THE SOLITARY FIGURES BY MARIANNE KOLB
by Peter Selz
W hen Marianne Kolb was in her early 20s, living in Switzerland, and working in business, she came across Franz Kafka’s Metamorphosis, a book that exerted pivotal influence on the young woman. Marianne had grown up on a farm in an isolated Alpine village near Bern. Her family had no use for her artistic talent and, she recalls that she felt some kind of kinship with Gregor, an awkward young man, son of a harsh father, employee of an abusive boss, who was turned into monstrous insect. Marianne knew it was time to leave and she travelled across the ocean and the continent to land in San Francisco, where she studied jewelry and worked as a goldsmith but soon realized, that she really wanted to be a painter. She proceeded to study at the California College of Arts and Crafts (now the California College of the Arts) with two inspiring teachers, Leigh Hyams and Fred Reichman.
Marianne Kolb does not use ordinary paint, but takes powdered pigment which she mixes with water and applies with her fingers, house-brushes and a large stainless steel knife to the canvas. She usually uses an undercoat of red or orange, which in some pictures is allowed to emerge from the layers of paint. Finally she applies a shiny varnish, resulting in the smooth surfaces of her paintings. Her personal imagery, the distortion of the faces, derives from direct observation of individuals transmuted by her own feelings which become fully known to her during the painting process.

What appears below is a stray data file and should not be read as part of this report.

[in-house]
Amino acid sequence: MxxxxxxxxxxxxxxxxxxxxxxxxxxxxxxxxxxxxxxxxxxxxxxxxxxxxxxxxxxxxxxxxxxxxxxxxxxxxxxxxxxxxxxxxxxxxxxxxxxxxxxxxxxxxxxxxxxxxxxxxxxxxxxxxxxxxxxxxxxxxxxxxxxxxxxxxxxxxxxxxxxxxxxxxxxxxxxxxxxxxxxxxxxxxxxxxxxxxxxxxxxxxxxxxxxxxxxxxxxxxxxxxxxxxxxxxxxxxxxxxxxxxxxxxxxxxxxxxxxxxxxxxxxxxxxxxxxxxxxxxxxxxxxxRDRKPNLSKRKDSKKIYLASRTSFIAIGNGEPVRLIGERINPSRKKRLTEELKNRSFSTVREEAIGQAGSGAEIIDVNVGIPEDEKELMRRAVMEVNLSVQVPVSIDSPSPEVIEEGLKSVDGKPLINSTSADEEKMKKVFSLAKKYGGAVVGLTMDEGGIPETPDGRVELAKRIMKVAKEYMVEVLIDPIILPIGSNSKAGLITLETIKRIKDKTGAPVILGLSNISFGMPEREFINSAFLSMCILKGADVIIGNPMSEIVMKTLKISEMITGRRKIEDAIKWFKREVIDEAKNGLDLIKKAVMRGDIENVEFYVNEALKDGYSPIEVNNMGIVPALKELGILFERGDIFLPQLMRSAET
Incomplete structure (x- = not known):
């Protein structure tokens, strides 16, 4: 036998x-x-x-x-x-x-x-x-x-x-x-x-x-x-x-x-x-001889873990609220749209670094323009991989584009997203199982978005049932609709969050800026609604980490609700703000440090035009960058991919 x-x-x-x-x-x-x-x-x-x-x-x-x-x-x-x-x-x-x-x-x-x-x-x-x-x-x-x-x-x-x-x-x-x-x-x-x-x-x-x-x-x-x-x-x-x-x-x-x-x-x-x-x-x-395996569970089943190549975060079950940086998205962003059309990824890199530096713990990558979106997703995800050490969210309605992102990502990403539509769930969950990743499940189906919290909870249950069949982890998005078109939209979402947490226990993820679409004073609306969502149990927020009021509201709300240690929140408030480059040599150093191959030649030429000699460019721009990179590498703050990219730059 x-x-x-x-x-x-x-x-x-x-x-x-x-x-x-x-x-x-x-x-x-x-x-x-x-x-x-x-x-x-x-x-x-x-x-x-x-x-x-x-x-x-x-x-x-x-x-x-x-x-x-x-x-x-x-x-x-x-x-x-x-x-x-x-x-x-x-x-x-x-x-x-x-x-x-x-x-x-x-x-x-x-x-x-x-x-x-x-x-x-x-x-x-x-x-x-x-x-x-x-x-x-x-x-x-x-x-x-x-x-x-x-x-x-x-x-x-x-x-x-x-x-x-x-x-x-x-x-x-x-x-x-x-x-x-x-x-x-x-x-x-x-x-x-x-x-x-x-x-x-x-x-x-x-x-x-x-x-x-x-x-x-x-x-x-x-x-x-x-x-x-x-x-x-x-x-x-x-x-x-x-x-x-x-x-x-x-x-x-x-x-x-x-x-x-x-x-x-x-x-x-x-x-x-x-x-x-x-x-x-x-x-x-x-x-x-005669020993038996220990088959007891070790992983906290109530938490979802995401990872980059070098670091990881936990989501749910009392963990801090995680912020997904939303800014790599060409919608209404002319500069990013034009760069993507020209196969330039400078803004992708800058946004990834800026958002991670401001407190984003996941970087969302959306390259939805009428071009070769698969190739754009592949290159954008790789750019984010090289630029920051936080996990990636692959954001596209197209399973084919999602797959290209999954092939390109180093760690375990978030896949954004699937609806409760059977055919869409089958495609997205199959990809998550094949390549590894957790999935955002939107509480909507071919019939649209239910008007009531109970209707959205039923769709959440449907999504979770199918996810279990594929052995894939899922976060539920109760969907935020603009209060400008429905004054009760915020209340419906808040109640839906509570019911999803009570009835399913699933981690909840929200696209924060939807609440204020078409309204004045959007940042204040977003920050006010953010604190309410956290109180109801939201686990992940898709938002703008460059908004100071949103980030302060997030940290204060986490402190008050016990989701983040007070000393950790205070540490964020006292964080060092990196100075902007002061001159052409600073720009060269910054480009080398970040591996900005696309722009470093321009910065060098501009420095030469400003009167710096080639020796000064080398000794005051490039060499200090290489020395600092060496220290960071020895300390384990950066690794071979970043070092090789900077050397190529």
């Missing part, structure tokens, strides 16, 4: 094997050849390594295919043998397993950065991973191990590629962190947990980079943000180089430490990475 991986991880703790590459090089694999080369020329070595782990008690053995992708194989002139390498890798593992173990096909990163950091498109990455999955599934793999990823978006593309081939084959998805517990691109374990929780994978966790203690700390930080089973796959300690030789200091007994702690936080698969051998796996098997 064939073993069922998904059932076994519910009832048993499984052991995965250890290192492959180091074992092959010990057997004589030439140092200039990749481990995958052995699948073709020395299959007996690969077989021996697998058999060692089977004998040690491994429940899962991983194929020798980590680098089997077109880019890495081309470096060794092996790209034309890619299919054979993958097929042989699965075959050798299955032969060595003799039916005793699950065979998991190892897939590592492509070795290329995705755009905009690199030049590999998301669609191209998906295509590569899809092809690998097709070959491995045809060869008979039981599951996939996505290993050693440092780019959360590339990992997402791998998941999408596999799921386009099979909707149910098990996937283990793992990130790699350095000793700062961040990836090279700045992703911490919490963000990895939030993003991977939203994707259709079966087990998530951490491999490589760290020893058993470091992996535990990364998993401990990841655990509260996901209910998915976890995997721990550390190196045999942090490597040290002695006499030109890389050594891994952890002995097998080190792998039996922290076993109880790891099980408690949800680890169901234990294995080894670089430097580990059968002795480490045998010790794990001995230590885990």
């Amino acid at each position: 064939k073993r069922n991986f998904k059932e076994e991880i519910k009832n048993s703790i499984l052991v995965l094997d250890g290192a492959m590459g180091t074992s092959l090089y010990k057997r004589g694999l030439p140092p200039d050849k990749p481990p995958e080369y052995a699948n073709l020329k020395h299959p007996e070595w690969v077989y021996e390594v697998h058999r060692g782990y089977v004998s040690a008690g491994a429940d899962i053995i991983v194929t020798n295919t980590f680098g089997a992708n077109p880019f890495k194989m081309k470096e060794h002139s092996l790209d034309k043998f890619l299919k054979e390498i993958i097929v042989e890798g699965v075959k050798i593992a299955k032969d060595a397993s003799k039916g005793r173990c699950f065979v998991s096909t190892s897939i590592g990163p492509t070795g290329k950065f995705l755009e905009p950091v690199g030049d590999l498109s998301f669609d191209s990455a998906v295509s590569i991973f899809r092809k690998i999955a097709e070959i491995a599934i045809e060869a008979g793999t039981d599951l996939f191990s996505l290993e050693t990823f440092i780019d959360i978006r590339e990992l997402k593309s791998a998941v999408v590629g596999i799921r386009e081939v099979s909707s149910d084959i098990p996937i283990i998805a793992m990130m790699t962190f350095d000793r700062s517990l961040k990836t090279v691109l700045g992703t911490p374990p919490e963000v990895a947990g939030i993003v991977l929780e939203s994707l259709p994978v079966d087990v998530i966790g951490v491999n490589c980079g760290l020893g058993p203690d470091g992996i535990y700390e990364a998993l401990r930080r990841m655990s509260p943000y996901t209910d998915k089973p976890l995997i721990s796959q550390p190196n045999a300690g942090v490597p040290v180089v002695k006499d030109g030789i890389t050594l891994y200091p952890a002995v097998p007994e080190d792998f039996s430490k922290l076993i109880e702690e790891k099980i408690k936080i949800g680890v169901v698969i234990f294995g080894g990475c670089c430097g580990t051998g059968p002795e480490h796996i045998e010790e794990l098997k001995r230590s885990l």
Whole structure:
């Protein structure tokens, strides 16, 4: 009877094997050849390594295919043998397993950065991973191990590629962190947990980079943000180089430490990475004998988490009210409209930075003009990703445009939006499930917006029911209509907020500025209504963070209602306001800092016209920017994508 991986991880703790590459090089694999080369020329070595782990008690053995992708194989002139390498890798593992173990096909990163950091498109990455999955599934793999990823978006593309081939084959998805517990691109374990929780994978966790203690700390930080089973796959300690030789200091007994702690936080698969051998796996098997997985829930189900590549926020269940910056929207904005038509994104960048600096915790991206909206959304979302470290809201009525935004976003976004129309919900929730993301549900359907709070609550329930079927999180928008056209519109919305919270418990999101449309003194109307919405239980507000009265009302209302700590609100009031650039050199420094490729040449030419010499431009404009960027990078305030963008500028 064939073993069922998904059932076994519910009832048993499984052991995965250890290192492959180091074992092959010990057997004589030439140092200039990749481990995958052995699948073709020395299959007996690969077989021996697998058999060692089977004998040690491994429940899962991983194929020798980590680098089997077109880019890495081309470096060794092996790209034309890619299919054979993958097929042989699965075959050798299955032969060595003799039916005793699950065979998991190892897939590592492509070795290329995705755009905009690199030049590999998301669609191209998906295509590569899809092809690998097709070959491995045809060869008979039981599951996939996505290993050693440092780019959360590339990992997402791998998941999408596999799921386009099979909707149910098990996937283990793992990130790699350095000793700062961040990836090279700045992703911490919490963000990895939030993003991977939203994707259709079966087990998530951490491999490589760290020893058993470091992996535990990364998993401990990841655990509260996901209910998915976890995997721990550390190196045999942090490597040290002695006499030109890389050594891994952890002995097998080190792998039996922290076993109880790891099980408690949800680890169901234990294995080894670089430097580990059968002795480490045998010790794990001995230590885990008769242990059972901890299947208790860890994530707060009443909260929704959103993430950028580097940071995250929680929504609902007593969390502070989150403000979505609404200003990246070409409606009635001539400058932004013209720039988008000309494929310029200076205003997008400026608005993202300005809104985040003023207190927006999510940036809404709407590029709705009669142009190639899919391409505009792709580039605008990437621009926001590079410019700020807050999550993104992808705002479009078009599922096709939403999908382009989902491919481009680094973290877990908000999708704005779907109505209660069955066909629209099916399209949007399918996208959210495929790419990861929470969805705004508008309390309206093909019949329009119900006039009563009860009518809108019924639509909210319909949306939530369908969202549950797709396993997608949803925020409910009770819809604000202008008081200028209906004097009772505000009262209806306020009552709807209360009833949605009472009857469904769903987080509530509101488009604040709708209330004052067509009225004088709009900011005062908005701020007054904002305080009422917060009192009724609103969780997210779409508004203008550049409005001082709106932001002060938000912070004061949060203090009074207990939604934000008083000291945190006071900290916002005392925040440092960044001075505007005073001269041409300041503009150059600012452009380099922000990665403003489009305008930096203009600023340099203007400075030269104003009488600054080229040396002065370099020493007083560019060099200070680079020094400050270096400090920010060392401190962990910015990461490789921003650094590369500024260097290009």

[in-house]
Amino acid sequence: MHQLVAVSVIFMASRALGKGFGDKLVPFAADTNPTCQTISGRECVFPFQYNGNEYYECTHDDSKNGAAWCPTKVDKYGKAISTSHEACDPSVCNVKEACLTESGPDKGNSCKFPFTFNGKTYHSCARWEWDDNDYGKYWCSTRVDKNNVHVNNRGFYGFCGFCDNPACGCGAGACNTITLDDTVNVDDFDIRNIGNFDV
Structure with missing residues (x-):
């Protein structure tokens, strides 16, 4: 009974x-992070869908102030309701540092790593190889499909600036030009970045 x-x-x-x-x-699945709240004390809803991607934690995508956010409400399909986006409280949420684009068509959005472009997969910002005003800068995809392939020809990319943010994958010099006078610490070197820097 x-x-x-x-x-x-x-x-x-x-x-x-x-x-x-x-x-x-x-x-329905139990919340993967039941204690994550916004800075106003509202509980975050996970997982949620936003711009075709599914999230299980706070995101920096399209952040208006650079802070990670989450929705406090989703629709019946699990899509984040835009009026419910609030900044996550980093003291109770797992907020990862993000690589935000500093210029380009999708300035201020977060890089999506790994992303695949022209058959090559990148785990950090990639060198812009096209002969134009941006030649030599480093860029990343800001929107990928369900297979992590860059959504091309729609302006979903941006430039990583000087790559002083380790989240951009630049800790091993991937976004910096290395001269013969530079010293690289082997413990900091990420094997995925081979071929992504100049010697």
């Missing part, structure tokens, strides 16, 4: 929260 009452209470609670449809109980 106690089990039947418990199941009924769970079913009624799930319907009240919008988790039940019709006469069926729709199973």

Her painting bears some relationship to work by Bay Area Figure painters and sculptors. We think of the isolated human figures, asserting their presence in Nathan Oliveira’s paintings and Stephen de Staebler’s bodies which are commanding despite being broken. The feeling of alienation and estrangement of the human is also the essence of Antonioni’s films and of the tragic monosyllabic poetry by Paul Celan, whose work was an inspiration for Kolb. Kolb’s figures, often androgynous, stand on thin legs and against luminous backgrounds. Their garments, at time translucent, at times opaque are often blurred, but strong in coloration, the faces express melancholy, anxiety, even despair. These paintings represent a legacy of Northern European painting–Munch, Beckmann, Bacon, and Baselitz are artists that come to mind. Her paintings of “Unrelated Memories” with interpretive titles such as The Stranger, Holding Ground, Looking Back, Sense of Loss, Enshrouded give added access to the meaning of these compelling paintings which affirm the comic tragedy of human existence.